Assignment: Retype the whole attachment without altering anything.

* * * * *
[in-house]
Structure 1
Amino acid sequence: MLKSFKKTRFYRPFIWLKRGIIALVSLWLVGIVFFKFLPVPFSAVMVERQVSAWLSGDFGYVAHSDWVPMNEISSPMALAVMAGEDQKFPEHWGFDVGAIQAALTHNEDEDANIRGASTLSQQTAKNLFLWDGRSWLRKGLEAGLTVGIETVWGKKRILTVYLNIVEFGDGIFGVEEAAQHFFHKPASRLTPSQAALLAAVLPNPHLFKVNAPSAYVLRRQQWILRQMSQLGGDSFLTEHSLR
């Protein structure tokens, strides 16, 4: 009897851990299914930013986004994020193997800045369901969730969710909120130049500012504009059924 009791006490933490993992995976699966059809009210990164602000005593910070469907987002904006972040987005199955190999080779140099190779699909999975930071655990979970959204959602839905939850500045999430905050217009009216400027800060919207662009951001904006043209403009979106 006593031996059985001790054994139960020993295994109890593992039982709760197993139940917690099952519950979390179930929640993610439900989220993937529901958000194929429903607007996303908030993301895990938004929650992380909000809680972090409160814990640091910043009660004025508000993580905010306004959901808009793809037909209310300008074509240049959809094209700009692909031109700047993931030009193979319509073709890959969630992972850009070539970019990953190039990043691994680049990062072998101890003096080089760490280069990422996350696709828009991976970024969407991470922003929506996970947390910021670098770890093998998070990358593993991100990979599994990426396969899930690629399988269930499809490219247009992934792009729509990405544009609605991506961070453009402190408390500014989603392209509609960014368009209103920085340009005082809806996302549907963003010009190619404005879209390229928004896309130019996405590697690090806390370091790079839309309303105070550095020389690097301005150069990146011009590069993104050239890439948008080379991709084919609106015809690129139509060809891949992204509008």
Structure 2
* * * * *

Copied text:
[in-house]
Structure 1
Amino acid sequence: MLKSFKKTRFYRPFIWLKRGIIALVSLWLVGIVFFKFLPVPFSAVMVERQVSAWLSGDFGYVAHSDWVPMNEISSPMALAVMAGEDQKFPEHWGFDVGAIQAALTHNEDEDANIRGASTLSQQTAKNLFLWDGRSWLRKGLEAGLTVGIETVWGKKRILTVYLNIVEFGDGIFGVEEAAQHFFHKPASRLTPSQAALLAAVLPNPHLFKVNAPSAYVLRRQQWILRQMSQLGGDSFLTEHSLR
């Protein structure tokens, strides 16, 4: 009897851990299914930013986004994020193997800045369901969730969710909120130049500012504009059924 009791006490933490993992995976699966059809009210990164602000005593910070469907987002904006972040987005199955190999080779140099190779699909999975930071655990979970959204959602839905939850500045999430905050217009009216400027800060919207662009951001904006043209403009979106 006593031996059985001790054994139960020993295994109890593992039982709760197993139940917690099952519950979390179930929640993610439900989220993937529901958000194929429903607007996303908030993301895990938004929650992380909000809680972090409160814990640091910043009660004025508000993580905010306004959901808009793809037909209310300008074509240049959809094209700009692909031109700047993931030009193979319509073709890959969630992972850009070539970019990953190039990043691994680049990062072998101890003096080089760490280069990422996350696709828009991976970024969407991470922003929506996970947390910021670098770890093998998070990358593993991100990979599994990426396969899930690629399988269930499809490219247009992934792009729509990405544009609605991506961070453009402190408390500014989603392209509609960014368009209103920085340009005082809806996302549907963003010009190619404005879209390229928004896309130019996405590697690090806390370091790079839309309303105070550095020389690097301005150069990146011009590069993104050239890439948008080379991709084919609106015809690129139509060809891949992204509008």
Structure 2